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Issue 49 - How to Curl

Scotland Magazine Issue 49
February 2010

 

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How to Curl

In the latest in our series Dominic Roskrow looks at the ancient Scottish sport of curling.

As great sporting moments go, it wasn’t quite up there with the World Cup final, the Superbowl, or the World Series. But for a nation that had lived with serial failure by its football and rugby teams for years, it would do. And it came from the unlikeliest of sources.

The British curling team, led by Rhona Martin and made up of Scotland’s finest players, Margaret Morton, Fiona MacDonald, Debbie Knox and Janice Rankin, had been considered an outside bet for an Olympic medal in 2002. But as the curling tournament unfurled and stretched in to the evening it became clear, in the most dramatic of fashions, that they had their sights on a much greater target.

The team, made up of part-timers and housewives. and the epitome of everything the Olympic spirit should be about, laid out their stall in gritty pursuit of a gold.

The word spread across Scotland down in to England and Wales, and by the time the team reached the end play and literally swept to glory, the whole of Britain was gripped. Their triumph brought curling on to the front pages. And more than that. It brought an ancient sport back from the brink of extinction and kick-started it back in to life. A British team it may have been, but this was really one of Scotland’s most dramatic sporting triumphs.

The sport, hitherto restricted to a handful of clubs and ice rinks, took on a new lease of life.

Old traditional bastions such as the Royal Caledonian Club were joined by a new wave of clubs and with the aid of sports funding, courses and educational programmes were put in to place. Today the sport has not only survived but it has shaken off its creaky image, and is enjoyed by thousands across Scotland.

Nobody is quite sure of the origins of curling, but its roots stretch back in to the Middle Ages. One large stone thought to have been used in the game has the date 1511 engraved into it. There are records of a form of curling being played between two monks at Paisley Abbey, near Glasgow in 1541 and the first known curling club was established at Kinross in 1668.

The original game takes its name from the ancient verb ‘to curr’, which means to grumble.

It had no set rules, and consisted of driving rocks across ice to a target area. There were no restrictions on the size of the rocks used, and originally they were hand-shaped and called ‘loofies’ from an old word for “hand”. Over time players moved to a rounded version and handles were added. They were known as “boulders” and then “stones”.

Curling is a version of bowls on ice, played by two teams of four, made up of a Lead, a Second, a Third or Vice Skip, and the Skip.

Each player has two stones in each game, known as an “end”. They must drive the stones down an ice track towards a target area known as “the house”.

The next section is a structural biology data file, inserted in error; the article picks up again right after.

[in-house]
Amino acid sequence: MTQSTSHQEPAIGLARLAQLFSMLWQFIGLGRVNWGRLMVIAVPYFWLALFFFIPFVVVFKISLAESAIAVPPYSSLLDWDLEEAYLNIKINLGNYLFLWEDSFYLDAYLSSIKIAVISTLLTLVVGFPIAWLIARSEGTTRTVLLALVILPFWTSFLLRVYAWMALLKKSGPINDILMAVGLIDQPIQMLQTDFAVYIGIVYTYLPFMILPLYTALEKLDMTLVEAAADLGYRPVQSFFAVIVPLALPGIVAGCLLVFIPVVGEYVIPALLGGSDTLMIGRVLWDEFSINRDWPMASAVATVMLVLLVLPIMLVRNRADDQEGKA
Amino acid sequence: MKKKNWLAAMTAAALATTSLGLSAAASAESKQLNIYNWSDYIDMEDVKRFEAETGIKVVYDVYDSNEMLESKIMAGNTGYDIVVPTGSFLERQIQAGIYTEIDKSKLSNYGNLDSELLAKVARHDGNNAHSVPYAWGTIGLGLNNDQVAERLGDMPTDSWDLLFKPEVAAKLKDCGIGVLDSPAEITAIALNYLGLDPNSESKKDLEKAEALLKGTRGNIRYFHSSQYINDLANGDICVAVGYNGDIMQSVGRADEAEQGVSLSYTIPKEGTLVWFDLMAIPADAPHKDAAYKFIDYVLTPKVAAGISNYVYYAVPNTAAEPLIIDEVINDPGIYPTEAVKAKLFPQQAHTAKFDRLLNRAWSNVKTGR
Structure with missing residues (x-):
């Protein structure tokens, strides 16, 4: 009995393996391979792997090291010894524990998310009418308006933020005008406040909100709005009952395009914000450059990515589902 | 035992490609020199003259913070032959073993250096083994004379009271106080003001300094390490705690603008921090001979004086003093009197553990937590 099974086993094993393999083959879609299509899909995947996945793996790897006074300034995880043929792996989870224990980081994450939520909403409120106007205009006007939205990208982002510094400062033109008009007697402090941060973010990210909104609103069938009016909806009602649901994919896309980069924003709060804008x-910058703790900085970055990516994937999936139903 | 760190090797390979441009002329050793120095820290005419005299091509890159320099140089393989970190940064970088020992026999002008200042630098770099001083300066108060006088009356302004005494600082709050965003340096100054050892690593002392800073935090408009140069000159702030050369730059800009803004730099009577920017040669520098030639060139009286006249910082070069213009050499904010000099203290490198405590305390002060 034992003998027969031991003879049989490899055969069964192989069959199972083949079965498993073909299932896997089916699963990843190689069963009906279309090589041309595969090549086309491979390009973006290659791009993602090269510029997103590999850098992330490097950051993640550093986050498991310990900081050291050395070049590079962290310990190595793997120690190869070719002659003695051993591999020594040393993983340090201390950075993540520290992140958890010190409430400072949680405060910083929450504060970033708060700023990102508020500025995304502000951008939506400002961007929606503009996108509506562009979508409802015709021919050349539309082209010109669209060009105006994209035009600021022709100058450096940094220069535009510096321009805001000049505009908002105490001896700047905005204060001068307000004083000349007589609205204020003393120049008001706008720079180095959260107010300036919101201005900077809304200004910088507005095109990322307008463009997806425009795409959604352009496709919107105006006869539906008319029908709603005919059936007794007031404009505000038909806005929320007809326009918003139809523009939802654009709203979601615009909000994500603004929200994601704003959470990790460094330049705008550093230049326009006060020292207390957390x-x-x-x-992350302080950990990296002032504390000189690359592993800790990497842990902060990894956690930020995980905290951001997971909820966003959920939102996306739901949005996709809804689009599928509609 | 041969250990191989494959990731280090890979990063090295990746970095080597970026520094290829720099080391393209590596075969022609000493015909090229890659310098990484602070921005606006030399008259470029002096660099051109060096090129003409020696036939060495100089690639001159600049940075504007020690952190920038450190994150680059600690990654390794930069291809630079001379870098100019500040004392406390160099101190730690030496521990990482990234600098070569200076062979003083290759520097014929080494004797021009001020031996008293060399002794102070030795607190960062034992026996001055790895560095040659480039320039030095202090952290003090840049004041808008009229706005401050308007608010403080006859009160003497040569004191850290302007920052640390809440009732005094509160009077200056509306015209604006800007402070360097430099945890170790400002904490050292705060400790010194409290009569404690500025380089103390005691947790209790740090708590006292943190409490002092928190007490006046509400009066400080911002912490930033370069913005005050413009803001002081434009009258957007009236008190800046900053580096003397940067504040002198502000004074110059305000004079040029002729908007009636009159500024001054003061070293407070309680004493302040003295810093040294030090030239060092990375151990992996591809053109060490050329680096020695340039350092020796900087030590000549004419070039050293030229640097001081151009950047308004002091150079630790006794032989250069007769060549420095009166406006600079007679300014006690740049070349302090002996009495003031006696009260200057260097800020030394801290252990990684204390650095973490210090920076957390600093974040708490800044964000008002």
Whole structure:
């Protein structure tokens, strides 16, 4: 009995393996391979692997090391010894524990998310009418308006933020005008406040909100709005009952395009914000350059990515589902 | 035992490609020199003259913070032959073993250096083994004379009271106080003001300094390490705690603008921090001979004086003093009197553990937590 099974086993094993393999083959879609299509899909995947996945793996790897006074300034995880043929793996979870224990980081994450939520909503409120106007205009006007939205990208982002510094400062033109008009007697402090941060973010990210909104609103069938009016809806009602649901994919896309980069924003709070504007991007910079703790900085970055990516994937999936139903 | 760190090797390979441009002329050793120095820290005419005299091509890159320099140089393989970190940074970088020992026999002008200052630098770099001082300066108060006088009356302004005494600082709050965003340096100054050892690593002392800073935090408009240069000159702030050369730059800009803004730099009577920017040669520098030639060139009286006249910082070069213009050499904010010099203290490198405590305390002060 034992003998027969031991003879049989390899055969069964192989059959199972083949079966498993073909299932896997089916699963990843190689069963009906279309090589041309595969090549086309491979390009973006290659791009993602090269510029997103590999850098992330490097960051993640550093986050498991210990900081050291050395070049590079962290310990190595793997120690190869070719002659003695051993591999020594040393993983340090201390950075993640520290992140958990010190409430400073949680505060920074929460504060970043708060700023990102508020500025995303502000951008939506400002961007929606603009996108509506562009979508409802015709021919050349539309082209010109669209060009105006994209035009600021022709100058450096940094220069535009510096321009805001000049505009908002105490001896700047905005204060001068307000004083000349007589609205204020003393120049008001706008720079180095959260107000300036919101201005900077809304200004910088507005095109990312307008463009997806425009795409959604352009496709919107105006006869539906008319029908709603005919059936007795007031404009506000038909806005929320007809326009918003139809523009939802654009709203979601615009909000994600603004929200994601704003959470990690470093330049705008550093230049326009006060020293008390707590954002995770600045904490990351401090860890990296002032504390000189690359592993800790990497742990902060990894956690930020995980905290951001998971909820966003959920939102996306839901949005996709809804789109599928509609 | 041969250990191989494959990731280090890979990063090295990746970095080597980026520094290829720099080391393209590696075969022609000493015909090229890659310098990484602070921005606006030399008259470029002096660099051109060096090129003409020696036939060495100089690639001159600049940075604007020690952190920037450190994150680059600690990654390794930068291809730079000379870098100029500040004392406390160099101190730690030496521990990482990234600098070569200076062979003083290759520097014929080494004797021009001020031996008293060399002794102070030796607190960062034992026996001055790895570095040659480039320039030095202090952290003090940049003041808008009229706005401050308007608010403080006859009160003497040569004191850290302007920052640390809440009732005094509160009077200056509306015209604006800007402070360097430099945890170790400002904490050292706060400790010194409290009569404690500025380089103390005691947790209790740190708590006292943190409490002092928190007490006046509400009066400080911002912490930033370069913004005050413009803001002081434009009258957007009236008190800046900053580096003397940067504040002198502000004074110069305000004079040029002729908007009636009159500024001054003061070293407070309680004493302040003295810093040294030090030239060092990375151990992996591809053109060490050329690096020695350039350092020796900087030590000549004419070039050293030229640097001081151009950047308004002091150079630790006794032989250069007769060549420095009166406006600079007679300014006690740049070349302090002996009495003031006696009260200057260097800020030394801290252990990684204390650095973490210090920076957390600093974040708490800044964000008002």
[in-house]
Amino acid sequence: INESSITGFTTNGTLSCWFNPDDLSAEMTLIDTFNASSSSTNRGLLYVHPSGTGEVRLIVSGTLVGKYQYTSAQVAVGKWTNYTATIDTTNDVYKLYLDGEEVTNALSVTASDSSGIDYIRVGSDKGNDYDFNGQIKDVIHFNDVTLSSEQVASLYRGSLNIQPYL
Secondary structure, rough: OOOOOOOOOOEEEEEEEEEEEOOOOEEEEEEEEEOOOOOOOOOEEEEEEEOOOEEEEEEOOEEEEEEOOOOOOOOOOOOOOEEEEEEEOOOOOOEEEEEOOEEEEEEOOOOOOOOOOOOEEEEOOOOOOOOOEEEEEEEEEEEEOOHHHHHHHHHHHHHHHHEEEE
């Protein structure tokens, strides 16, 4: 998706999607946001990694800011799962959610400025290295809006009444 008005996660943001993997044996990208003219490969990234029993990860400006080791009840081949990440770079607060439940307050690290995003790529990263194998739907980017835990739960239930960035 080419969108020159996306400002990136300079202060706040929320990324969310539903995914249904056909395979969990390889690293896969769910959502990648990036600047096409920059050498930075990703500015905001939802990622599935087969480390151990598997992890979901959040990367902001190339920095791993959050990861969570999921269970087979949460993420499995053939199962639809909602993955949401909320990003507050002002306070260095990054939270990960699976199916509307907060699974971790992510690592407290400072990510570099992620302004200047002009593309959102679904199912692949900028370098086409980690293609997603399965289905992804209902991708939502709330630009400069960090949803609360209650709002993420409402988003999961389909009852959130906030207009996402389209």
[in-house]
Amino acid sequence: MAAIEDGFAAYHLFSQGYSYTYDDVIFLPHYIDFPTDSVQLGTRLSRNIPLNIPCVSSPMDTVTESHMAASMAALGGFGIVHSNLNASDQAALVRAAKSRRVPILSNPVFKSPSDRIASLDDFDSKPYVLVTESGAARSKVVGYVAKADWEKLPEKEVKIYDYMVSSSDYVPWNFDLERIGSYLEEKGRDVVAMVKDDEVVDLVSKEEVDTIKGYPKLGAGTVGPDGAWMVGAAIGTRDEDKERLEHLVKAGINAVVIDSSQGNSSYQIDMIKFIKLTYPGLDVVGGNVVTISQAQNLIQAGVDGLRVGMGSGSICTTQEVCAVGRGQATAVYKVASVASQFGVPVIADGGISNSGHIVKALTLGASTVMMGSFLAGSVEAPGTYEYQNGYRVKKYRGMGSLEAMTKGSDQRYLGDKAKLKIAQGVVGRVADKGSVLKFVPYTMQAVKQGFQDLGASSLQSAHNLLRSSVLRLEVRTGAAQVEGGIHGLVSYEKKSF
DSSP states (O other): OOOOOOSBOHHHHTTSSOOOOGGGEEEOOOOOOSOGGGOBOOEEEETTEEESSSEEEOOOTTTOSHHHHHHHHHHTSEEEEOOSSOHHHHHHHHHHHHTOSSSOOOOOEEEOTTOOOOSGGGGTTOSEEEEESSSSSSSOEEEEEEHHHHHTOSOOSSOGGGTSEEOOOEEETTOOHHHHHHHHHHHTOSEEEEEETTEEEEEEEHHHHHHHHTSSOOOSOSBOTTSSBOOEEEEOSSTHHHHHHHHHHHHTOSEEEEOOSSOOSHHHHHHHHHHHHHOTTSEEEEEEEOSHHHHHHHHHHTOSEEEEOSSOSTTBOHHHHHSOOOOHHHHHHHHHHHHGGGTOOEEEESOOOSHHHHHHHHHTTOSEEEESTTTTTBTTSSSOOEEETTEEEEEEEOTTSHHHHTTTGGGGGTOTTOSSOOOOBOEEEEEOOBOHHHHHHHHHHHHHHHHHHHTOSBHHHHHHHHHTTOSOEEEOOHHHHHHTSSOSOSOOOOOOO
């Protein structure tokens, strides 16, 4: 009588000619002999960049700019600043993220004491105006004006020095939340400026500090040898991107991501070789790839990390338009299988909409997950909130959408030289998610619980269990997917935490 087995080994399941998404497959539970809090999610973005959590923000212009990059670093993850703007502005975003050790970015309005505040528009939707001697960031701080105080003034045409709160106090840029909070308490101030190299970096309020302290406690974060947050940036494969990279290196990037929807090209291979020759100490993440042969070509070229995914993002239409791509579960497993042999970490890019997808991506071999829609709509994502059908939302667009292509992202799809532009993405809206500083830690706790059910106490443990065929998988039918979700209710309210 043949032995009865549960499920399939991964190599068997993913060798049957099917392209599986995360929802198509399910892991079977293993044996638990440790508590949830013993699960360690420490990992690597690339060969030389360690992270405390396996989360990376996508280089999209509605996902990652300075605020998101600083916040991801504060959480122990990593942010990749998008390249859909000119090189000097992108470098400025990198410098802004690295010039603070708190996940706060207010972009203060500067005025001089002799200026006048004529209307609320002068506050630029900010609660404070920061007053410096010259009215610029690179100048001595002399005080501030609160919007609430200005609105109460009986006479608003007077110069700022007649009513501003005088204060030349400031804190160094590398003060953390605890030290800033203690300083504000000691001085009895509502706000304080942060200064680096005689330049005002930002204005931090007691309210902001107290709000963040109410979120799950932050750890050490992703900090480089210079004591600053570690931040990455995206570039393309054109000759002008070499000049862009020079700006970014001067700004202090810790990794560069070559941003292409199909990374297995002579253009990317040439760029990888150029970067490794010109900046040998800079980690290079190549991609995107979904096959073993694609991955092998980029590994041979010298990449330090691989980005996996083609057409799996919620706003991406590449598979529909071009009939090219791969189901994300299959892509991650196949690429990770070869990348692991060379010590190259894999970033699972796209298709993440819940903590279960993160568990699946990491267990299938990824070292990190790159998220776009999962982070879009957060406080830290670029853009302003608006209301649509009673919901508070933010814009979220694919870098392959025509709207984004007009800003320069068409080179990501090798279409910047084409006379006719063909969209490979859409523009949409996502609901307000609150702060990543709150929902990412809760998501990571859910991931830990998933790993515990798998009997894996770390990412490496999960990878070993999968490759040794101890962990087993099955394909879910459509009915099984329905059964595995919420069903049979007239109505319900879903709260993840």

In each end, only one team can score, with points awarded for stones closest to the centre of the house. If one team has the three closest stones, it scores three points. But if one team has the closest and the other team has the next closest stone, the scoring team gets just one point.

In order to defend or attack, stones may be cast to knock out rival stones or can be deliberately sent down to form a block. To aid the stone players may sweep the ice in front of it, making its path faster.

In all 10 ends are played, and the winning team is the one with the most points after 10 ends.

Today there are about 20 ice rinks offering curling facilities and training courses stretching in a band from Dundee in the East across to Ayr in the West, as well as one or two further North.

Watching curling Curling is played over the months of winter, and there are a number of events and versions of the game starting at the very localised level up to international fixtures.

Full fixture lists for all tournaments are posted on the Royal Caledonian Curling Club.

www.royalcaledoniancurlingclub.org Learning the game An introductory booklet outlining what is required to be able to take part in curling, and what learning the game entails, can be downloaded from the Royal Caledonian Curling Club website. You will find it under ‘Start Curling’ in the ‘Learn and Play’ section of the website.

Many ice rinks across Scotland now offer introductory ‘Try Curling’ sessions as well as offering formal courses for all levels and abilities. A map of all ice rinks with full contact details can be found under ‘Where can I curl?’ in the ‘Learn & Play’ area of the Royal Caledonian Curling Club’s website.

Many schools now run courses in Scotland, too.

Two special camps will be held for 13 to 17 year olds this summer.

Participants will learn the skills of curling at an ice rink in Kilmarnock in the morning, take part in team building exercises such as mountain biking, archery and gorge walking in the afternoon, and spend the evenings at Culzean Castle, for discussions on tactics and more team sports including beach volleyball and tug of war.

The camps will be held July 25 to July 30 and August 8 to 13.

An adult curling weekend will be held at the end of September and costs £250 for curling instruction from experts, two nights’ bed and breakfast accommodation, light lunch, and a three course dinner on the Saturday night.

Literature There are a large number of books written on curling. Here are a handful: Curling Etcetera: A Whole Bunch of Stuff About the Roaring Game, Bob Weeks.

Curling for Dummies, Bob Weeks.

Curling Basics: A Comprehensive Guide to the Game of Curling, Roy Sinclair.

The Roaring Game: A Sweeping Saga of Curling, Doug Clark.